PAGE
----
- The Washington Times - Friday, February 16, 2007

The U.S. government is at risk of squandering significantly more money in an Iraq war and reconstruction effort that already has wasted or otherwise overcharged taxpayers billions of dollars, federal investigators said yesterday.

The three top auditors overseeing contract work in Iraq told a House committee that $10 billion in spending was wasteful or poorly tracked. They pointed to numerous instances in which Defense and State department officials condoned or otherwise allowed poor accounting, repeated work delays, bloated expenses and payments for work shoddily or never done by U.S. contractors.

That problem could worsen, the Government Accountability Office said, given limited improvement so far by the Department of Defense even as the Bush administration prepares to boost the U.S. presence in Iraq.

David M. Walker, comptroller general of the GAO, Congress’ auditing arm, said his agency has been pointing out problems for years, only to be largely ignored or given lip service with little result.

“There is no accountability,” Mr. Walker said. “Organizations charged with overseeing contracts are not held accountable. Contractors are not held accountable. The individuals responsible are not held accountable.

“People should be rewarded when they do a good job. But when things don’t go right, there have to be consequences,” he said.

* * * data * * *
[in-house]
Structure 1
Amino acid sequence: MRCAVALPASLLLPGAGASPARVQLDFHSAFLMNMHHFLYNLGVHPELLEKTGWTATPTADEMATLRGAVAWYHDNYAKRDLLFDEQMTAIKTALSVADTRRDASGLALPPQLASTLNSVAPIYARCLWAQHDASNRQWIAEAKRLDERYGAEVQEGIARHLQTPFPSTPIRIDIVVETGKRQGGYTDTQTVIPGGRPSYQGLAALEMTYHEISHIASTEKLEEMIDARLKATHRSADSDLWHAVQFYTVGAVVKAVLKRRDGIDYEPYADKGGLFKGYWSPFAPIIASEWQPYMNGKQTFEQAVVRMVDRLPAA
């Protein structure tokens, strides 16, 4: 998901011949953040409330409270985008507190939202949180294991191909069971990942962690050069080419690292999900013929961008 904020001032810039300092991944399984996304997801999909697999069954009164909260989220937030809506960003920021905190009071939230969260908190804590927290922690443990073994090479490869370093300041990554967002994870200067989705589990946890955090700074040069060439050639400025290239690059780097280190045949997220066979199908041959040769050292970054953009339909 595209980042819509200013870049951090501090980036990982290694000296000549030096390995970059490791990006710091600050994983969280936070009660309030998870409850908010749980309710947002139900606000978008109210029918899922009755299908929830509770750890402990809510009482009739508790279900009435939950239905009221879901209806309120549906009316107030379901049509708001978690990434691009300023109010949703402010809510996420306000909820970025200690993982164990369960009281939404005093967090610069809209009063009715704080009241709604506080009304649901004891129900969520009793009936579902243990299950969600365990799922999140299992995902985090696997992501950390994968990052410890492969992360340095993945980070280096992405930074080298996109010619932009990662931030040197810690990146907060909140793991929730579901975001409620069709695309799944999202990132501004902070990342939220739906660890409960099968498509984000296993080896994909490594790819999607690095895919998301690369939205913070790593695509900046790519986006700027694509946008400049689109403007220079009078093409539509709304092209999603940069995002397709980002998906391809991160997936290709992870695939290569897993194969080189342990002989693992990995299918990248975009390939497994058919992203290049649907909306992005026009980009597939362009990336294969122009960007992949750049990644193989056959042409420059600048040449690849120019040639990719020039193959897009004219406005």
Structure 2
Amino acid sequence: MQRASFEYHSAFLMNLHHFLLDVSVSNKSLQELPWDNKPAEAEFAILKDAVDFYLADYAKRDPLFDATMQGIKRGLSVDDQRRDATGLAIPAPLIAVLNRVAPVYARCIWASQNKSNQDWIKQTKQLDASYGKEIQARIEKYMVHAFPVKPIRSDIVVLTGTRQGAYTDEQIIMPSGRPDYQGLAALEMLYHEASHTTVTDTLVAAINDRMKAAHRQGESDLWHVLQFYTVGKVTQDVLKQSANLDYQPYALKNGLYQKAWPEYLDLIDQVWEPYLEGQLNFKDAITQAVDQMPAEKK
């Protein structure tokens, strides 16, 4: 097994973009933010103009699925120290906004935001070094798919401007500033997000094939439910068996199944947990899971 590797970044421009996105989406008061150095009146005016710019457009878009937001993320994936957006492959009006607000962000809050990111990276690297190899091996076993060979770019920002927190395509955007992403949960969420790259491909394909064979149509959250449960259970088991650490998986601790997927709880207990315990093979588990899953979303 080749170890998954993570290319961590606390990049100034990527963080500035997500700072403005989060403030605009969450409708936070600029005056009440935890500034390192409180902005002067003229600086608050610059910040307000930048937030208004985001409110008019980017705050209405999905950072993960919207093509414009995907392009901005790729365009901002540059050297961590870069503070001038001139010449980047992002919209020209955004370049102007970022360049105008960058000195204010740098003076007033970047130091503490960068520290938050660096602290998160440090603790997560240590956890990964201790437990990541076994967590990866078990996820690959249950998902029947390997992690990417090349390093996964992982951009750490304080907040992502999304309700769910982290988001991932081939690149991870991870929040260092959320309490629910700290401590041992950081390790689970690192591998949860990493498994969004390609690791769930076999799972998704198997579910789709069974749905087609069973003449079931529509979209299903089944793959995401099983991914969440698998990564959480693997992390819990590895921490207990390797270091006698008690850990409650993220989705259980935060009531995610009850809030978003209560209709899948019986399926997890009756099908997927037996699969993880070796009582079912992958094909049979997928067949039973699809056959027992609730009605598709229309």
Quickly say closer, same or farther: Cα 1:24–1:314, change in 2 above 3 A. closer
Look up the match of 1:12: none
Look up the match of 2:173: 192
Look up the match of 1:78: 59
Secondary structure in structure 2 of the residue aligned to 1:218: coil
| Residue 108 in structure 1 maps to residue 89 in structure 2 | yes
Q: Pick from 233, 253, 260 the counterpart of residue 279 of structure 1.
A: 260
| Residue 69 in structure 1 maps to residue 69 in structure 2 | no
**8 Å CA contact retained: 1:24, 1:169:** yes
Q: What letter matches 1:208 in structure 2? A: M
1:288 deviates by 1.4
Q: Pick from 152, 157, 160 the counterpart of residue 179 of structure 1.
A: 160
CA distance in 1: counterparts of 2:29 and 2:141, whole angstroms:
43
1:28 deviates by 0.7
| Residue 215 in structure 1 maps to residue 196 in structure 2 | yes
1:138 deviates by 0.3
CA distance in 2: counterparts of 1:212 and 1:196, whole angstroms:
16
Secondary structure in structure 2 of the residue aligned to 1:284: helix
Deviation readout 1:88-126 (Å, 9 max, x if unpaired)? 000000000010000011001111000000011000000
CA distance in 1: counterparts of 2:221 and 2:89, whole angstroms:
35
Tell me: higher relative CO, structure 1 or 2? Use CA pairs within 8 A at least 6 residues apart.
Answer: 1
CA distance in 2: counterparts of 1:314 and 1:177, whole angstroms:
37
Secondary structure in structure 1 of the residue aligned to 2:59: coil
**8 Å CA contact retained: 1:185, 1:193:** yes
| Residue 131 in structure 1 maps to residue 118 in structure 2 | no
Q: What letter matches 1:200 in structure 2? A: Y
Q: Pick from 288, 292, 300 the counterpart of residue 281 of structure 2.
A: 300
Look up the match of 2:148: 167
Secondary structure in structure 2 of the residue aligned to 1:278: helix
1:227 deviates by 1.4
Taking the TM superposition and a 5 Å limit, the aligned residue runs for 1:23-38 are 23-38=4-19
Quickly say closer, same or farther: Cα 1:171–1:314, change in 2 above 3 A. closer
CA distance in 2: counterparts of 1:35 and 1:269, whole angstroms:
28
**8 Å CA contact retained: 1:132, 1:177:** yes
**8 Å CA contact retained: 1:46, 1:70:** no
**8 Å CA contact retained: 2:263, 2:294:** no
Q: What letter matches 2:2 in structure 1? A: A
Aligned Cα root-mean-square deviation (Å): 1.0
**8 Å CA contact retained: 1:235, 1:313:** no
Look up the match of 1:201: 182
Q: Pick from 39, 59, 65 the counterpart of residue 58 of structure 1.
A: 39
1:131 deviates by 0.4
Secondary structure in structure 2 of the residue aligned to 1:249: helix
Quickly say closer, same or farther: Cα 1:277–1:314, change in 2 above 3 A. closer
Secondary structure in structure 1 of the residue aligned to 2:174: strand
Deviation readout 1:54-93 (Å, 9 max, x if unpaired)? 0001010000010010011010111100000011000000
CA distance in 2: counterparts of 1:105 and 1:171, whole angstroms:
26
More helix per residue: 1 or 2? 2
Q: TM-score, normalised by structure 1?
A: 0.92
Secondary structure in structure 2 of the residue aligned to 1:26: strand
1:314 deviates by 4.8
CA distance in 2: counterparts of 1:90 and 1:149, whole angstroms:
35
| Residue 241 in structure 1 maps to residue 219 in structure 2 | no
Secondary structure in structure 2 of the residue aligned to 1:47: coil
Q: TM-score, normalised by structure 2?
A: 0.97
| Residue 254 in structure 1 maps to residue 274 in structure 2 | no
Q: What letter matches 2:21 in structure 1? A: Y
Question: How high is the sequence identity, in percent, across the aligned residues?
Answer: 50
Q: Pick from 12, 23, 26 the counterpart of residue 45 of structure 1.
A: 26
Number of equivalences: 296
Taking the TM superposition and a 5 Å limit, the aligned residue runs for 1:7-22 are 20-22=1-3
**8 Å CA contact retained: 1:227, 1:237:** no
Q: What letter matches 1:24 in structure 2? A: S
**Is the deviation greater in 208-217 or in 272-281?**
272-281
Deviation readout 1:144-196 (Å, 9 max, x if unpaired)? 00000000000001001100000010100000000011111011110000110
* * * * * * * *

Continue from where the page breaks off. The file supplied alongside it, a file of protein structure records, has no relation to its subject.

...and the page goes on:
A spokeswoman for the Army, which handles most of the Iraq contracting, did not have immediate comment.

Senate Democrats, calling recently cited cases of waste “outrageous rip-offs of the American taxpayer,” quickly moved to introduce legislation yesterday to stiffen punishment for war profiteers and cut down on cronyism in contracting.

The bill, sponsored by Sen. Byron L. Dorgan, North Dakota Democrat, and 22 other senators, would impose penalties of up to 20 years in prison and fines of up to $1 million for war profiteering and restore a rule that prohibits awarding federal contracts to companies exhibiting a pattern of breaking the law in performance of government contracts.

That rule, put in place by President Clinton, was dropped by the Bush administration upon taking office, Mr. Dorgan said.

The auditors’ joint appearance before the House Oversight and Government Reform Committee comes as Congress is preparing for a showdown with President Bush next month over his budget request of nearly $100 billion to pay for more U.S. troops in Iraq.

Rep. Henry A. Waxman, California Democrat, who chairs the panel, has pledged scores of investigations of fraud, waste and abuse — with subpoenas if necessary — on the Bush administration’s watch. He decried the overpricing identified by the DCAA, a figure that has tripled since last fall.

Of the $10 billion in overpriced contracts or undocumented costs, more than $2.7 billion were charged by Halliburton Co., the oil-field services firm once headed by Vice President Dick Cheney.

“According to the Pentagon auditors, more than one in six dollars they have audited in Iraq is suspect,” Mr. Waxman said.